Easy-Going: The Treatment of Written Records in the Ancient Syropalestine

  • Pavel Čech

Abstract

Who invented the Proto-Sinaitic writing? Sophisticated scribes, or unlettered workers? Orly Goldwasser, the chief advocate of the second possibility, borrowed from economic sciences the term ‘disruptive innovation’ that “describes a process by which a product or service takes root initially in simple applications at the bottom of a market and then relentlessly moves ‘up market,’ eventually displacing established competitors.”[1] During the years spent with translations of Levantine texts for a Czech kind of „Context of Scripture“, I had an impression – however daring –  that it is possible to generalize this finding for the Syropalestinian literature as a whole. Be it cuneiform or linear, narrative or Listenwissenschaft,[2] it shares the same basic tendency for simplicity and unambiguousness.

Definitions

Disruptive innovation: process by which a product or service takes root initially in simple applications at the bottom of a market and then relentlessly moves up market, eventually displacing established competitors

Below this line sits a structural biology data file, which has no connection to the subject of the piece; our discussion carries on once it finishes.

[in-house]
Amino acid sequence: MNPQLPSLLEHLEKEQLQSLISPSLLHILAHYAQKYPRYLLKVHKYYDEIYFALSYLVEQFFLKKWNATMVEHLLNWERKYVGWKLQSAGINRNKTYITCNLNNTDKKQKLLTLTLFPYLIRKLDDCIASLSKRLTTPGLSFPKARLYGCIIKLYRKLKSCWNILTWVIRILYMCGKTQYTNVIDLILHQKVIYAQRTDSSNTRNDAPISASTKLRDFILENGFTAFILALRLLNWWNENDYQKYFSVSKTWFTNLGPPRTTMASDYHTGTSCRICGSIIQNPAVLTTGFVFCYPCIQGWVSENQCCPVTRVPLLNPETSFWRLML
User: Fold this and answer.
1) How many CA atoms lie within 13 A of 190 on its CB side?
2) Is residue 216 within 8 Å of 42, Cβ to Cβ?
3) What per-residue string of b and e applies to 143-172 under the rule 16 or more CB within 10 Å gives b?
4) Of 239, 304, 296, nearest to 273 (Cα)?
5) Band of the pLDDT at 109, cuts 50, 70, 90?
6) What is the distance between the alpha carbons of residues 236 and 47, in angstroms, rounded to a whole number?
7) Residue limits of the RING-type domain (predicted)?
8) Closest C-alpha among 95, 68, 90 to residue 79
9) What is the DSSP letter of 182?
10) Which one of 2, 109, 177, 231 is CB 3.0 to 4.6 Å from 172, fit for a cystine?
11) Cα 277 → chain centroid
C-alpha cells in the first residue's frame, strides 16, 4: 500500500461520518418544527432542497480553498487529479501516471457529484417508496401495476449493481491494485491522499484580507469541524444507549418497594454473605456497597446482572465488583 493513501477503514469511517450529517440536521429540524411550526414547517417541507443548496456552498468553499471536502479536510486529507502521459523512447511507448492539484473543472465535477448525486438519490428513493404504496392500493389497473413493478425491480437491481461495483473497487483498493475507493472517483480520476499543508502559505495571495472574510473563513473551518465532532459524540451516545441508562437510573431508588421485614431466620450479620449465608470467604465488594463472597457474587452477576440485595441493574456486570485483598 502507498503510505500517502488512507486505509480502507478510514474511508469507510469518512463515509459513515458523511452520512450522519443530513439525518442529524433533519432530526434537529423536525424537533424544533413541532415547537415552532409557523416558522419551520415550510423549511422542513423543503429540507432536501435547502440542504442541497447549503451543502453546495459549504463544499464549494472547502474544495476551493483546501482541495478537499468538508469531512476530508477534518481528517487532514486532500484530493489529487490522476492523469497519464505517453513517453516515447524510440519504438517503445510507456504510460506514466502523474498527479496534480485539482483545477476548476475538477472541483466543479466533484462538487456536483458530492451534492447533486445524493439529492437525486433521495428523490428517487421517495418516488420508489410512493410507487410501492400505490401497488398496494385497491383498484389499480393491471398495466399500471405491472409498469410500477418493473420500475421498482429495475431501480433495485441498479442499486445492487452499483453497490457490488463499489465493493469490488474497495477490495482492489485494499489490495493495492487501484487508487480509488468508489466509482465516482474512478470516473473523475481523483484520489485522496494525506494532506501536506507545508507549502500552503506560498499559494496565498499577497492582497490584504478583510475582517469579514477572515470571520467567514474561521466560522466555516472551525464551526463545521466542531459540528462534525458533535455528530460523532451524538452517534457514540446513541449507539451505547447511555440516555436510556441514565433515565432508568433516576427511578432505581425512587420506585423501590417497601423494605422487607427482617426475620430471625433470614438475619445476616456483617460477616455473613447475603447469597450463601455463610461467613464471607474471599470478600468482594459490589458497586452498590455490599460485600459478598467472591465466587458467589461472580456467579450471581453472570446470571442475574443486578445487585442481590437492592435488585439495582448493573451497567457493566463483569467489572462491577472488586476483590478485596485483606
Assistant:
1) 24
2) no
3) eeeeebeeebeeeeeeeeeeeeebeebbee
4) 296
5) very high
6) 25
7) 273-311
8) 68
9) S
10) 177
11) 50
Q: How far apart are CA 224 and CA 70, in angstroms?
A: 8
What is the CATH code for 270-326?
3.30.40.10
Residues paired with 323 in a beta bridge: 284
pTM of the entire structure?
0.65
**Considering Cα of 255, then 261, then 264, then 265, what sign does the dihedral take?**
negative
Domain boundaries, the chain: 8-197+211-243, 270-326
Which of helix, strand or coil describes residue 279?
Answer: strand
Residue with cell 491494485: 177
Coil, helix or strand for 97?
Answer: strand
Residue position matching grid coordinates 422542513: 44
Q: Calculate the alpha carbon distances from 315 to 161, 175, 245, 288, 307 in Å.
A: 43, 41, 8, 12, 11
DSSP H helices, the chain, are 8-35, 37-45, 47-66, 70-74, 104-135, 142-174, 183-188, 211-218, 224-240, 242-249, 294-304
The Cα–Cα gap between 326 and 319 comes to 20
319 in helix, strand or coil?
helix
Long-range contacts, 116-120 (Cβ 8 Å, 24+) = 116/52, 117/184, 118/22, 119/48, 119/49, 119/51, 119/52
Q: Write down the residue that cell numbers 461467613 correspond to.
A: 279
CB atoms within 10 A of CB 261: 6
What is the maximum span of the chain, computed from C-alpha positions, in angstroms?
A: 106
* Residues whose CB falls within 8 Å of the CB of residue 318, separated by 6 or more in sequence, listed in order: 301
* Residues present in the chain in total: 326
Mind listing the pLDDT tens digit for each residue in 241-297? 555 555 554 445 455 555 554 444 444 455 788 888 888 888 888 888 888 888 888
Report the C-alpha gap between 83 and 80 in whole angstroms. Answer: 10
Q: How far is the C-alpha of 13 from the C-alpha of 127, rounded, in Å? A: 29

Center and Periphery: The centre–periphery model is a spatial metaphor which describes and attempts to explain the structural relationship between the advanced or metropolitan ‘centre’ and a less developed ‘periphery’


[1] www.claytonchristensen.com/disruptive_innovation.html

[2] KTU 1.103 is a very special example from many points of view (and on the background of Y. Cohen, Akkadian Omens from Hattuša and Emar. The šumma immeru and šumma ālu Omens, in: Zeitschrift für Assyriologie, 97, 2007, str. 233‑251).

Published
16-01-2017
How to Cite
Čech, P. (2017). Easy-Going: The Treatment of Written Records in the Ancient Syropalestine. BAF-Online: Proceedings of the Berner Altorientalisches Forum, 1. https://doi.org/10.22012/baf.2016.04
Section
Panel 1: Reconstructing missing evidence